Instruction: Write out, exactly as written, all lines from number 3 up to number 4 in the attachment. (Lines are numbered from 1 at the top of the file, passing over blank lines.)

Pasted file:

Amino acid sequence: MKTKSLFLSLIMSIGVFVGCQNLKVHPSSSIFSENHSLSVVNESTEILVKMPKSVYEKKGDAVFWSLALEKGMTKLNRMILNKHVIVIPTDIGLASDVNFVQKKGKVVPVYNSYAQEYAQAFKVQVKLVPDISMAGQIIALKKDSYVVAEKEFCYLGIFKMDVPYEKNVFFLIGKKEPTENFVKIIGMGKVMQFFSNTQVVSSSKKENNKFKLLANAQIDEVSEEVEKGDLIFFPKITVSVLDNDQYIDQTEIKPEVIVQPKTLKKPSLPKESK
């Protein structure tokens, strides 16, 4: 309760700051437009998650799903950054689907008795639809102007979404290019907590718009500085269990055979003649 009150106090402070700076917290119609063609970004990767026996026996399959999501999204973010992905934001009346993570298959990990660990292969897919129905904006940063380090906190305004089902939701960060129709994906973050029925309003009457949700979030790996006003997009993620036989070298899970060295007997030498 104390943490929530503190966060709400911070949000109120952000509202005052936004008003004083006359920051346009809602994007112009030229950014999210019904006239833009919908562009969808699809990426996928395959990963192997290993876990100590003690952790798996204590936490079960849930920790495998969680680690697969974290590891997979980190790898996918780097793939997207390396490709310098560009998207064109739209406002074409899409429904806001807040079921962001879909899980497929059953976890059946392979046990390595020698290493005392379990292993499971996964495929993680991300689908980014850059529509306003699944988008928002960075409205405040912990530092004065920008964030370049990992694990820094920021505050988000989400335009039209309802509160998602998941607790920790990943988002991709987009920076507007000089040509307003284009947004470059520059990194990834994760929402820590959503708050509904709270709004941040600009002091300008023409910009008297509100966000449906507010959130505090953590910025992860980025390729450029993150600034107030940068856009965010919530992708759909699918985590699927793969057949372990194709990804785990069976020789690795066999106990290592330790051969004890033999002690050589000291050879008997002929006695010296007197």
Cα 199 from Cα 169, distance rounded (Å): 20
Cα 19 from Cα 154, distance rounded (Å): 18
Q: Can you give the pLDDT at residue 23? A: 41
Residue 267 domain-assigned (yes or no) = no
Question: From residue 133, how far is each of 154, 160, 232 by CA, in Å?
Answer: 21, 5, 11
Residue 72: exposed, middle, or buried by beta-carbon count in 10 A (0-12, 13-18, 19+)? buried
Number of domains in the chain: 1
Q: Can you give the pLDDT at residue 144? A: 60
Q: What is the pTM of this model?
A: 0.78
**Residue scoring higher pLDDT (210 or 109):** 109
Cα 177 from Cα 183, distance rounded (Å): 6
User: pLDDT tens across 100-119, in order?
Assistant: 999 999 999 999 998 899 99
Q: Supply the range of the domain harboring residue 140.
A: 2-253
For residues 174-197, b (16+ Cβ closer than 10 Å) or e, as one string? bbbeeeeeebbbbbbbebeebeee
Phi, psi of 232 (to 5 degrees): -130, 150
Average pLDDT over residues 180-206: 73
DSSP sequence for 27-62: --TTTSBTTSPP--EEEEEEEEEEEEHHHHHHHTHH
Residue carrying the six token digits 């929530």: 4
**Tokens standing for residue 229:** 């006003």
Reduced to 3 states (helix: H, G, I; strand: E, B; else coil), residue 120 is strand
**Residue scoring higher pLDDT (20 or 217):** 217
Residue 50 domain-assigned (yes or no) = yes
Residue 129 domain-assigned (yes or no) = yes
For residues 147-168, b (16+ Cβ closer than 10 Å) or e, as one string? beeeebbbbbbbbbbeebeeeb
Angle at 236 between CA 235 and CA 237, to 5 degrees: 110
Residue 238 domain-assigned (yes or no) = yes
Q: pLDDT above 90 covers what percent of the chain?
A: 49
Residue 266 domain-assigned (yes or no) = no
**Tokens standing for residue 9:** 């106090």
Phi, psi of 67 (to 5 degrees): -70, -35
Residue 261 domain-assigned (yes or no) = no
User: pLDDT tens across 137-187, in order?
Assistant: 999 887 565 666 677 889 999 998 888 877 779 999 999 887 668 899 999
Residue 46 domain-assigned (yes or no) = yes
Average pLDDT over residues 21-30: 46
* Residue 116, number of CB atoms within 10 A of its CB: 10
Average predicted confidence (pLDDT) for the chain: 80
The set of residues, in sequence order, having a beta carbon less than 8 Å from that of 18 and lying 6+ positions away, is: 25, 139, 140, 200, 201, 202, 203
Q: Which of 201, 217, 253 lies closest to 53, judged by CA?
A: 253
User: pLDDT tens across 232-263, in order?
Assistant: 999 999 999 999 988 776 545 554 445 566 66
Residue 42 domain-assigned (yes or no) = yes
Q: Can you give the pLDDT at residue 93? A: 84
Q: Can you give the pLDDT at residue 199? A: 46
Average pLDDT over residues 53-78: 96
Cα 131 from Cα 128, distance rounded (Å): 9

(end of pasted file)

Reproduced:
Cα 199 from Cα 169, distance rounded (Å): 20
Cα 19 from Cα 154, distance rounded (Å): 18